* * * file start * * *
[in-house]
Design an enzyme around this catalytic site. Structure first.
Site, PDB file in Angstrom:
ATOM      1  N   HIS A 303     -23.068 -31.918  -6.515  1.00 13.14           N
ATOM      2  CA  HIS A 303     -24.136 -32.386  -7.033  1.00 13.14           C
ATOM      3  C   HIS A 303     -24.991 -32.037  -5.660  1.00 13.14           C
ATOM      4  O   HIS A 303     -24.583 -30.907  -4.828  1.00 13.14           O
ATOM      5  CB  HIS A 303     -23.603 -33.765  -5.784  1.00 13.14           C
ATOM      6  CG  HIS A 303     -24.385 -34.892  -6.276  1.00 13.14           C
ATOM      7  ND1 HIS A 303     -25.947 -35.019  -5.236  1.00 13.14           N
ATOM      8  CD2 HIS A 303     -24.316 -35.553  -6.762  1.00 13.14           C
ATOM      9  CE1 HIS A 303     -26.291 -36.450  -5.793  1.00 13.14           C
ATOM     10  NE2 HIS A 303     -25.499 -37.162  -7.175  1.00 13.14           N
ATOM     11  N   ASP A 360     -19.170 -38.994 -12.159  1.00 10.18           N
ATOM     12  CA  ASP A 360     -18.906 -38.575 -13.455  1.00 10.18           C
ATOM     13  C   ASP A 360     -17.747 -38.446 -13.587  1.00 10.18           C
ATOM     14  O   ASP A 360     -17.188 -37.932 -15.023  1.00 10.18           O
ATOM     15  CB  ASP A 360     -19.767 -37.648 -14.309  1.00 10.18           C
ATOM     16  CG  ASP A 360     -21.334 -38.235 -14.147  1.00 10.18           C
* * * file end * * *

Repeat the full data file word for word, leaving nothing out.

[in-house]
Design an enzyme around this catalytic site. Structure first.
Site, PDB file in Angstrom:
ATOM      1  N   HIS A 303     -23.068 -31.918  -6.515  1.00 13.14           N
ATOM      2  CA  HIS A 303     -24.136 -32.386  -7.033  1.00 13.14           C
ATOM      3  C   HIS A 303     -24.991 -32.037  -5.660  1.00 13.14           C
ATOM      4  O   HIS A 303     -24.583 -30.907  -4.828  1.00 13.14           O
ATOM      5  CB  HIS A 303     -23.603 -33.765  -5.784  1.00 13.14           C
ATOM      6  CG  HIS A 303     -24.385 -34.892  -6.276  1.00 13.14           C
ATOM      7  ND1 HIS A 303     -25.947 -35.019  -5.236  1.00 13.14           N
ATOM      8  CD2 HIS A 303     -24.316 -35.553  -6.762  1.00 13.14           C
ATOM      9  CE1 HIS A 303     -26.291 -36.450  -5.793  1.00 13.14           C
ATOM     10  NE2 HIS A 303     -25.499 -37.162  -7.175  1.00 13.14           N
ATOM     11  N   ASP A 360     -19.170 -38.994 -12.159  1.00 10.18           N
ATOM     12  CA  ASP A 360     -18.906 -38.575 -13.455  1.00 10.18           C
ATOM     13  C   ASP A 360     -17.747 -38.446 -13.587  1.00 10.18           C
ATOM     14  O   ASP A 360     -17.188 -37.932 -15.023  1.00 10.18           O
ATOM     15  CB  ASP A 360     -19.767 -37.648 -14.309  1.00 10.18           C
ATOM     16  CG  ASP A 360     -21.334 -38.235 -14.147  1.00 10.18           C